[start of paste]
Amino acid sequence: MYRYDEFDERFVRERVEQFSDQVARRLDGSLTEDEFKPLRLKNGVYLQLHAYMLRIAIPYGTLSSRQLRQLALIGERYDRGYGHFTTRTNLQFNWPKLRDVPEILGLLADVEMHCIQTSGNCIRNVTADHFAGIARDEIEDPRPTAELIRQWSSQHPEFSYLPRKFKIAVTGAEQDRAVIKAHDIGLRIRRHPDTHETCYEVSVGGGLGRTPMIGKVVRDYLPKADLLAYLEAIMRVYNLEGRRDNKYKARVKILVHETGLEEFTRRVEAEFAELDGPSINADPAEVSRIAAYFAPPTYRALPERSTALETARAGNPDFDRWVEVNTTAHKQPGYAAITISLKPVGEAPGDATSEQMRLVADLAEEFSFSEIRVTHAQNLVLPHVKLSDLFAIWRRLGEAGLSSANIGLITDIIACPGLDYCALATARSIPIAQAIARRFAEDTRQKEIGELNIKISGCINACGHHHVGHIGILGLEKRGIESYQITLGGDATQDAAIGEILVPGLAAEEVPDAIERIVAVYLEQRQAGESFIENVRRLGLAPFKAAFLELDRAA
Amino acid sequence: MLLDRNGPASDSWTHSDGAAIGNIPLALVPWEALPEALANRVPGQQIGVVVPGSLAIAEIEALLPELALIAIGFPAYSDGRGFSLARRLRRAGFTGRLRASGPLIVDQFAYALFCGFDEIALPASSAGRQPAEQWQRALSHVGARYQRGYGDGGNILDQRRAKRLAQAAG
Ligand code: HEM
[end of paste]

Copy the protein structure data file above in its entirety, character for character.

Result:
Amino acid sequence: MYRYDEFDERFVRERVEQFSDQVARRLDGSLTEDEFKPLRLKNGVYLQLHAYMLRIAIPYGTLSSRQLRQLALIGERYDRGYGHFTTRTNLQFNWPKLRDVPEILGLLADVEMHCIQTSGNCIRNVTADHFAGIARDEIEDPRPTAELIRQWSSQHPEFSYLPRKFKIAVTGAEQDRAVIKAHDIGLRIRRHPDTHETCYEVSVGGGLGRTPMIGKVVRDYLPKADLLAYLEAIMRVYNLEGRRDNKYKARVKILVHETGLEEFTRRVEAEFAELDGPSINADPAEVSRIAAYFAPPTYRALPERSTALETARAGNPDFDRWVEVNTTAHKQPGYAAITISLKPVGEAPGDATSEQMRLVADLAEEFSFSEIRVTHAQNLVLPHVKLSDLFAIWRRLGEAGLSSANIGLITDIIACPGLDYCALATARSIPIAQAIARRFAEDTRQKEIGELNIKISGCINACGHHHVGHIGILGLEKRGIESYQITLGGDATQDAAIGEILVPGLAAEEVPDAIERIVAVYLEQRQAGESFIENVRRLGLAPFKAAFLELDRAA
Amino acid sequence: MLLDRNGPASDSWTHSDGAAIGNIPLALVPWEALPEALANRVPGQQIGVVVPGSLAIAEIEALLPELALIAIGFPAYSDGRGFSLARRLRRAGFTGRLRASGPLIVDQFAYALFCGFDEIALPASSAGRQPAEQWQRALSHVGARYQRGYGDGGNILDQRRAKRLAQAAG
Ligand code: HEM